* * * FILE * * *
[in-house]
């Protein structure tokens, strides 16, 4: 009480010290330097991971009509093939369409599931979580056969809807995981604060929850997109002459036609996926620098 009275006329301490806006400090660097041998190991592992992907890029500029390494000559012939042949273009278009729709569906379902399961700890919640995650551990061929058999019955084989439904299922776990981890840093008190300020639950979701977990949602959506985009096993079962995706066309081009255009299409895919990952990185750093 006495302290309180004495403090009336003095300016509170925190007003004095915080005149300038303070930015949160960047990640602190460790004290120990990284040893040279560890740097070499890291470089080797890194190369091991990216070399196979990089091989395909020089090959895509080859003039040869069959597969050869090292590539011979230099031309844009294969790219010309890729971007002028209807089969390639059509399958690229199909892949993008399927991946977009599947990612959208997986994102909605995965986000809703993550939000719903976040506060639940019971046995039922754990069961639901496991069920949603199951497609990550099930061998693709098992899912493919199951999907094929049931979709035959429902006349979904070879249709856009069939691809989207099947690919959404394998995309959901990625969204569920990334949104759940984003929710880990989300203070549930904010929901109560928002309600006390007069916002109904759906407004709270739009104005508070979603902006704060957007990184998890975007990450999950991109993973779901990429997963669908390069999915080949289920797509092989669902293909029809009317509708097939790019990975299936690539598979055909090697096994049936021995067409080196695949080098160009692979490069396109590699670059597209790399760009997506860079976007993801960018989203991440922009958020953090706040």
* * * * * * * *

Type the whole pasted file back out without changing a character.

[in-house]
């Protein structure tokens, strides 16, 4: 009480010290330097991971009509093939369409599931979580056969809807995981604060929850997109002459036609996926620098 009275006329301490806006400090660097041998190991592992992907890029500029390494000559012939042949273009278009729709569906379902399961700890919640995650551990061929058999019955084989439904299922776990981890840093008190300020639950979701977990949602959506985009096993079962995706066309081009255009299409895919990952990185750093 006495302290309180004495403090009336003095300016509170925190007003004095915080005149300038303070930015949160960047990640602190460790004290120990990284040893040279560890740097070499890291470089080797890194190369091991990216070399196979990089091989395909020089090959895509080859003039040869069959597969050869090292590539011979230099031309844009294969790219010309890729971007002028209807089969390639059509399958690229199909892949993008399927991946977009599947990612959208997986994102909605995965986000809703993550939000719903976040506060639940019971046995039922754990069961639901496991069920949603199951497609990550099930061998693709098992899912493919199951999907094929049931979709035959429902006349979904070879249709856009069939691809989207099947690919959404394998995309959901990625969204569920990334949104759940984003929710880990989300203070549930904010929901109560928002309600006390007069916002109904759906407004709270739009104005508070979603902006704060957007990184998890975007990450999950991109993973779901990429997963669908390069999915080949289920797509092989669902293909029809009317509708097939790019990975299936690539598979055909090697096994049936021995067409080196695949080098160009692979490069396109590699670059597209790399760009997506860079976007993801960018989203991440922009958020953090706040």